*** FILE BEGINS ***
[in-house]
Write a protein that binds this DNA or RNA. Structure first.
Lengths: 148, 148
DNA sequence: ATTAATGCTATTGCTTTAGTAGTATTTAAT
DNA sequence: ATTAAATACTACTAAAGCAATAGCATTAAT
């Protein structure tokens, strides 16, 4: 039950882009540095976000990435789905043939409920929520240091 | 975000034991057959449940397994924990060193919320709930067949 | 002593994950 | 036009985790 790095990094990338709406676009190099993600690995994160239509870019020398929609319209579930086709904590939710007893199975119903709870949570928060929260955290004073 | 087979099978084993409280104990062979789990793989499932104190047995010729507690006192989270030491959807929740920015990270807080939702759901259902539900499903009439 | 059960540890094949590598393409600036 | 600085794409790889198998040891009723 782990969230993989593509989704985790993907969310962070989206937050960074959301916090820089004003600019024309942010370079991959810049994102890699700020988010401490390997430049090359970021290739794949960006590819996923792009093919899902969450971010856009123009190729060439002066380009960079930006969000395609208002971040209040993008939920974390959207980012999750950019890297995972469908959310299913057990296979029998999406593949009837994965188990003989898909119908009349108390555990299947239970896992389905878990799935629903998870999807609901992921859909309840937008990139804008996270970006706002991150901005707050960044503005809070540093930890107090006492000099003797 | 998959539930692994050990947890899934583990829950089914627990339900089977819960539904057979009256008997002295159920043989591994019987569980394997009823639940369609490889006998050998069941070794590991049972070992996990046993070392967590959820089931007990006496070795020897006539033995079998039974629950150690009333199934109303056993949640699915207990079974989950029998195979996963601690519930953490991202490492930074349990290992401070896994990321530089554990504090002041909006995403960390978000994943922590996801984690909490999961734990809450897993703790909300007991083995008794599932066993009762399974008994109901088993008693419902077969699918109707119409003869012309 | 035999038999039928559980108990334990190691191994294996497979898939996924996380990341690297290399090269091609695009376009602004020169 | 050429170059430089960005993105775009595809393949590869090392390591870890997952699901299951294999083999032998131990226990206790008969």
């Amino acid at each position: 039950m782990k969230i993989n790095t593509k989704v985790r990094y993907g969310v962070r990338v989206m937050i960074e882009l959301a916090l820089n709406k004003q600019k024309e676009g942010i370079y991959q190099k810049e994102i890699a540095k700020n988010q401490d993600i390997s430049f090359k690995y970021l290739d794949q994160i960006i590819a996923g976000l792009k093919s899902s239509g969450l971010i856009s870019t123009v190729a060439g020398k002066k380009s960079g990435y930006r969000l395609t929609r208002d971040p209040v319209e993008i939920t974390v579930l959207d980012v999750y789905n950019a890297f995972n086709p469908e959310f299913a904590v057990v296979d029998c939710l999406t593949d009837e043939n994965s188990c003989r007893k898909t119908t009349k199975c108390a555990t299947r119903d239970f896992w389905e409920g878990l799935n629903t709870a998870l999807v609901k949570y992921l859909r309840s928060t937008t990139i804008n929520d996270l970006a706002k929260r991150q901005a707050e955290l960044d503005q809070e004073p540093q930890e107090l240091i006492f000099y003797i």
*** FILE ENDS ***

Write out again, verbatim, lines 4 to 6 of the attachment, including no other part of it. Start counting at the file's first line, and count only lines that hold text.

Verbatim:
DNA sequence: ATTAATGCTATTGCTTTAGTAGTATTTAAT
DNA sequence: ATTAAATACTACTAAAGCAATAGCATTAAT
């Protein structure tokens, strides 16, 4: 039950882009540095976000990435789905043939409920929520240091 | 975000034991057959449940397994924990060193919320709930067949 | 002593994950 | 036009985790 790095990094990338709406676009190099993600690995994160239509870019020398929609319209579930086709904590939710007893199975119903709870949570928060929260955290004073 | 087979099978084993409280104990062979789990793989499932104190047995010729507690006192989270030491959807929740920015990270807080939702759901259902539900499903009439 | 059960540890094949590598393409600036 | 600085794409790889198998040891009723 782990969230993989593509989704985790993907969310962070989206937050960074959301916090820089004003600019024309942010370079991959810049994102890699700020988010401490390997430049090359970021290739794949960006590819996923792009093919899902969450971010856009123009190729060439002066380009960079930006969000395609208002971040209040993008939920974390959207980012999750950019890297995972469908959310299913057990296979029998999406593949009837994965188990003989898909119908009349108390555990299947239970896992389905878990799935629903998870999807609901992921859909309840937008990139804008996270970006706002991150901005707050960044503005809070540093930890107090006492000099003797 | 998959539930692994050990947890899934583990829950089914627990339900089977819960539904057979009256008997002295159920043989591994019987569980394997009823639940369609490889006998050998069941070794590991049972070992996990046993070392967590959820089931007990006496070795020897006539033995079998039974629950150690009333199934109303056993949640699915207990079974989950029998195979996963601690519930953490991202490492930074349990290992401070896994990321530089554990504090002041909006995403960390978000994943922590996801984690909490999961734990809450897993703790909300007991083995008794599932066993009762399974008994109901088993008693419902077969699918109707119409003869012309 | 035999038999039928559980108990334990190691191994294996497979898939996924996380990341690297290399090269091609695009376009602004020169 | 050429170059430089960005993105775009595809393949590869090392390591870890997952699901299951294999083999032998131990226990206790008969």